Moments before playing high-stakes poker for the first time in more than a decade Monday, “Jeopardy!” sensation James Holzhauer said his strategy was simply not to embarrass himself at the World Series of Poker.
The Las Vegas professional sports bettor certainly accomplished his mission but he went 0-for-2 in his quest to win prize money in WSOP events on the heels of his record-setting 32-game win streak on the popular game show.
Holzhauer won the first hand he played Monday morning in the $1,500 buy-in Super Turbo Bounty No-limit Hold’em tournament at the Rio Convention Center.
He was closing in on prize money almost six hours later when he was knocked out of the 1,867-player event on back-to-back bad beats.
After starting with $25,000 in chips, he had a stack of about $86,000 and a pair of pocket 7s when he called a $75,000 all-in bet. His opponent turned over a pair of 5s and was dealt another 5 on the flop for a winning three of a kind to cripple Holzhauer’s chip stack.
On the next hand, Holzhauer went all-in with a king-jack against a king-10 and his opponent caught a 10 on the board to win with a pair and eliminate the game-show phenom.
“You know, that’s poker,” Holzhauer said with a smile and a shrug after describing his demise from his seat in the $1,000 buy-in Tag Team No-Limit Hold’em event.
Onward at WSOP
After Holzhauer was eliminated, he immediately headed across the cavernous convention center to another room to tag partner Mike Sexton, the Poker Hall of Famer who paid Holzhauer’s entry fees in his role as chairman of partypoker.com, an online poker website.
After Holzhauer played for a couple hours and left for a dinner break, Sexton was eliminated when he turned over ace-king in the hole and his opponent had a pocket pair of 10s. There were 900 teams in the field and more than $800,000 in prize money.
Holzhauer, 34, pledged to donate half of any winnings to Project 150, a nonprofit organization in North Las Vegas that helps homeless high school students. He outlasted more than 75 percent of his opponents in his first WSOP event — placing 454th — but fell short of the money as only the top 15 percent (top 281 places) cashed.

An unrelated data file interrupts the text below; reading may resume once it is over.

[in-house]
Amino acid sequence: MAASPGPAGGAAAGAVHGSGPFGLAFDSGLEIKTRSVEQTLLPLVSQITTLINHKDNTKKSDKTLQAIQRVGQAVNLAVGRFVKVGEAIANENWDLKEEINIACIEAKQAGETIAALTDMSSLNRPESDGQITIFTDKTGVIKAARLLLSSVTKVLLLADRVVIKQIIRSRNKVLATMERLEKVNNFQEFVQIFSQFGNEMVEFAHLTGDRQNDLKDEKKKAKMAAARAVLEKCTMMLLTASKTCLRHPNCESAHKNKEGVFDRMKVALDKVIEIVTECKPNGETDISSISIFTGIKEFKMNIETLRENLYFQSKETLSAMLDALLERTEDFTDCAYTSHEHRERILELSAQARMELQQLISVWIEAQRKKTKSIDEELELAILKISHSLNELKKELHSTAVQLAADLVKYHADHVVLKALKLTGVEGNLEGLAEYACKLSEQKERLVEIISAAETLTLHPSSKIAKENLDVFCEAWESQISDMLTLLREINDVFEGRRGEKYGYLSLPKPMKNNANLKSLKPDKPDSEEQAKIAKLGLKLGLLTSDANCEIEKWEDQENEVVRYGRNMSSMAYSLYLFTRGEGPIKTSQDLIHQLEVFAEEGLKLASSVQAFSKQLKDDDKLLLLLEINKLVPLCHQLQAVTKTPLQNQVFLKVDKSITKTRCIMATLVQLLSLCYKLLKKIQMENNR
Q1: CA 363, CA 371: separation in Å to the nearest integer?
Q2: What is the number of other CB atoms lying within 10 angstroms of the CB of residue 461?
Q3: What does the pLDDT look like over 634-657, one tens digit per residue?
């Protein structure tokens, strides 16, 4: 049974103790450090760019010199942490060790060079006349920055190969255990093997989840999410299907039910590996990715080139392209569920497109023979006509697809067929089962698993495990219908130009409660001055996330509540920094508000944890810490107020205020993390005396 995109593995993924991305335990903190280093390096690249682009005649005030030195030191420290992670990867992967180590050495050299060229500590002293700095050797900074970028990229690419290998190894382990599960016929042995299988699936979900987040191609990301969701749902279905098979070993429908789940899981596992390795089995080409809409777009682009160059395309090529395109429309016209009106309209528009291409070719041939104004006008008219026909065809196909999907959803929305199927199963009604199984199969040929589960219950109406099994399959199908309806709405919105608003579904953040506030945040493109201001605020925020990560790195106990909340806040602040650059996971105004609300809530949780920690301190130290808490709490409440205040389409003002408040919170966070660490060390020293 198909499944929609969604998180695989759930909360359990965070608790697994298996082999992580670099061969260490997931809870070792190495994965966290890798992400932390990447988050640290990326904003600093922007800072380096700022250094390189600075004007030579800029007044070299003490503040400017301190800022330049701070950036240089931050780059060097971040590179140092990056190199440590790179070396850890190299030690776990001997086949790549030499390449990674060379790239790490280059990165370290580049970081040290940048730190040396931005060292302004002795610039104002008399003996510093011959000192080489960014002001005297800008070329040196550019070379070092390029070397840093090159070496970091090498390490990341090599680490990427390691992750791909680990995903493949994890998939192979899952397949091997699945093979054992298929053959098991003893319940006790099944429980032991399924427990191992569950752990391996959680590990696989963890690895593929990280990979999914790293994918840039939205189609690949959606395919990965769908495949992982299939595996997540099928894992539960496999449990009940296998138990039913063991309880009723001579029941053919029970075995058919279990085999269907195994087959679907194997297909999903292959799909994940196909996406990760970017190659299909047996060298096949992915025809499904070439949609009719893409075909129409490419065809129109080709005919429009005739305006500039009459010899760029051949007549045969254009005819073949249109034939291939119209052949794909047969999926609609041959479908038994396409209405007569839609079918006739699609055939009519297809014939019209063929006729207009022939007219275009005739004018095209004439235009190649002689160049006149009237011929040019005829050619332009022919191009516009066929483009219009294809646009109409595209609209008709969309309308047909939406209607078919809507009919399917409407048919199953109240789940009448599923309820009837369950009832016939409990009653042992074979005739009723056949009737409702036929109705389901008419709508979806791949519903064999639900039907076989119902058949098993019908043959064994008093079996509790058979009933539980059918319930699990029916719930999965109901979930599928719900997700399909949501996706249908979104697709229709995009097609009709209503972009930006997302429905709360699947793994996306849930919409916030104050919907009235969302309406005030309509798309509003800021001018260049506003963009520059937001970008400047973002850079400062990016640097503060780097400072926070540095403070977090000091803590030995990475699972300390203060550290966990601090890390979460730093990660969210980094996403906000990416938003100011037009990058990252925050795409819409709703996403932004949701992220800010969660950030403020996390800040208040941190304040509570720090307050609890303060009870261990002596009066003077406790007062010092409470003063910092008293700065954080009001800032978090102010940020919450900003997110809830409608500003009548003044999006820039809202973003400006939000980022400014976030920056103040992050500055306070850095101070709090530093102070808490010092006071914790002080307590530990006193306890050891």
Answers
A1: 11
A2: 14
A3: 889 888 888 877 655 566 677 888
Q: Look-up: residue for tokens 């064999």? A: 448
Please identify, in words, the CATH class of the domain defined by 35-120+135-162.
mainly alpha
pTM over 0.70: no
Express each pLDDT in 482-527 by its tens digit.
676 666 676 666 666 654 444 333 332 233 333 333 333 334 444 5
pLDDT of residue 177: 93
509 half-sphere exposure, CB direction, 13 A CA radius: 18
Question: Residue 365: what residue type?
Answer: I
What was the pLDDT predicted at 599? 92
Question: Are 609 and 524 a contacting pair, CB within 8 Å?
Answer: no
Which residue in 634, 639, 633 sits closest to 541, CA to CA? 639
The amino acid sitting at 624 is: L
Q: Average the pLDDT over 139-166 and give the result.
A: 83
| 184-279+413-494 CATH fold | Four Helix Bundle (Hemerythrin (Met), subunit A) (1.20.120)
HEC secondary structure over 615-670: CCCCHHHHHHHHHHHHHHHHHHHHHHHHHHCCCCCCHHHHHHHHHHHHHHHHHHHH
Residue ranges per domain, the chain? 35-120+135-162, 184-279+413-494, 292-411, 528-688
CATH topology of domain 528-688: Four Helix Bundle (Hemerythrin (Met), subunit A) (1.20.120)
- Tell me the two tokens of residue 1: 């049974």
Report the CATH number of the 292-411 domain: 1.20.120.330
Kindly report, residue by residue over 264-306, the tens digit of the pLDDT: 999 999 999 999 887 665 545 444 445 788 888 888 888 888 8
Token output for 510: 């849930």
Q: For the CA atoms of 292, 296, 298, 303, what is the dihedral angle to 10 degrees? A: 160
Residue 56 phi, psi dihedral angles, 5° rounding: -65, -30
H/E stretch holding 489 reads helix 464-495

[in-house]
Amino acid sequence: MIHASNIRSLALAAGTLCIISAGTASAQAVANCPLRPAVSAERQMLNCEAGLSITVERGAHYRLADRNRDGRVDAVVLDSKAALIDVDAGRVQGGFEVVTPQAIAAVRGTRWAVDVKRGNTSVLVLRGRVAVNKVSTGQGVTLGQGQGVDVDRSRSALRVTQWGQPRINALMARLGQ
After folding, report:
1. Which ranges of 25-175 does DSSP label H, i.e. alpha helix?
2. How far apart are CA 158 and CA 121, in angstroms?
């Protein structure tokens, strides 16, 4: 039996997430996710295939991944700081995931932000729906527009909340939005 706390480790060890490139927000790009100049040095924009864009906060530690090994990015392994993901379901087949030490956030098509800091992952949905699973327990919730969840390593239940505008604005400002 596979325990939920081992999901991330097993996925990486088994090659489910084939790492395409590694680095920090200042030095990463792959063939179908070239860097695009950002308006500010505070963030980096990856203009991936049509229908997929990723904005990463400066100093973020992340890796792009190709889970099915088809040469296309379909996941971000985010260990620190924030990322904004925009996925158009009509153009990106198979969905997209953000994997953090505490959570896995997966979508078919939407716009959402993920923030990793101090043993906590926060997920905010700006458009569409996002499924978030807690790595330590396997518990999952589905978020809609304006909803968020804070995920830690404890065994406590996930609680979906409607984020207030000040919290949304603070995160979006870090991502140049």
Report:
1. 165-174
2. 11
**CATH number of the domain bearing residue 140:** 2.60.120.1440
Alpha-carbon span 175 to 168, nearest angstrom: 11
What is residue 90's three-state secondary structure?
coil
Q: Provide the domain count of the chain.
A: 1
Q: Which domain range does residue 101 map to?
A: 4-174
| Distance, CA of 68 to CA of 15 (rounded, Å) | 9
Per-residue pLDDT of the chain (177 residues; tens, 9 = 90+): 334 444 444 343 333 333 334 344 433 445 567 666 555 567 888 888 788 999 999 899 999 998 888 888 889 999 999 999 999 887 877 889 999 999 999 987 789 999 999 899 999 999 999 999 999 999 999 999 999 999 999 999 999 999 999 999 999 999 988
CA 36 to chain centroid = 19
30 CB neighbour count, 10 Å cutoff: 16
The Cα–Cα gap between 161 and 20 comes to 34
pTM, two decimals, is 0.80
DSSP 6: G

However, Holzhauer and his wife, Melissa, had already donated a total of $40,000 to the charity, Project 150 executive director Kelli Kristo said as she watched him play. The Holzhauers have donated more than $300,000 overall to a variety of charities.
Holzhauer won more than $2.46 million during his “Jeopardy!” run that ended June 3, finishing less than $60,000 behind the show’s regular-play earnings mark of $2,520,700 set by Ken Jennings, of Edmonds, Washington, during his 74-game win streak in 2004.
Coincidentally, the total prize pool for the Super Turbo Bounty event was $2,520,450.
During breaks in the action Monday, the humble Holzhauer graciously signed autographs and posed for pictures with fans and players, including ones at his own table.
Megan Thevenot of Houston broke down crying after Holzhauer took a photo with her as she held a sign that read, “Get Well Grandma Robbie.”
“This will be the highlight of her year,” Thevenot said, choking up.
A semi-professional online poker pro in the early 2000s, Holzhauer said he’d played fewer than 50 hours of live poker before Monday. His roommate at the University of Illinois was poker pro Jameson Painter, and some of his closest friends in Las Vegas are pro poker players.
“I have several friends who are (WSOP) bracelet winners,” he said. “They’re great people. I would trust them with my life.”
Sexton said Holzhauer helped to elevate the image of pro gamblers during his record-setting “Jeopardy!” run and that Monday’s WSOP appearance will help raise the profile of poker.
“Any time you get a celebrity like James Holzhauer is right now, it’s just fantastic for our industry if they come and play and support a poker event because the public gets exposed to the poker world,” Sexton said. “He’s definitely enhanced our profile, there’s no question about it, because of his demeanor, his charity giving, and he’s a family man.”
As legal sports betting continues to spread across the country, Holzhauer said some people have called him the ambassador of the movement.
“I don’t know if I agree with that,” he said. “But I hope I’m a positive face of progress.”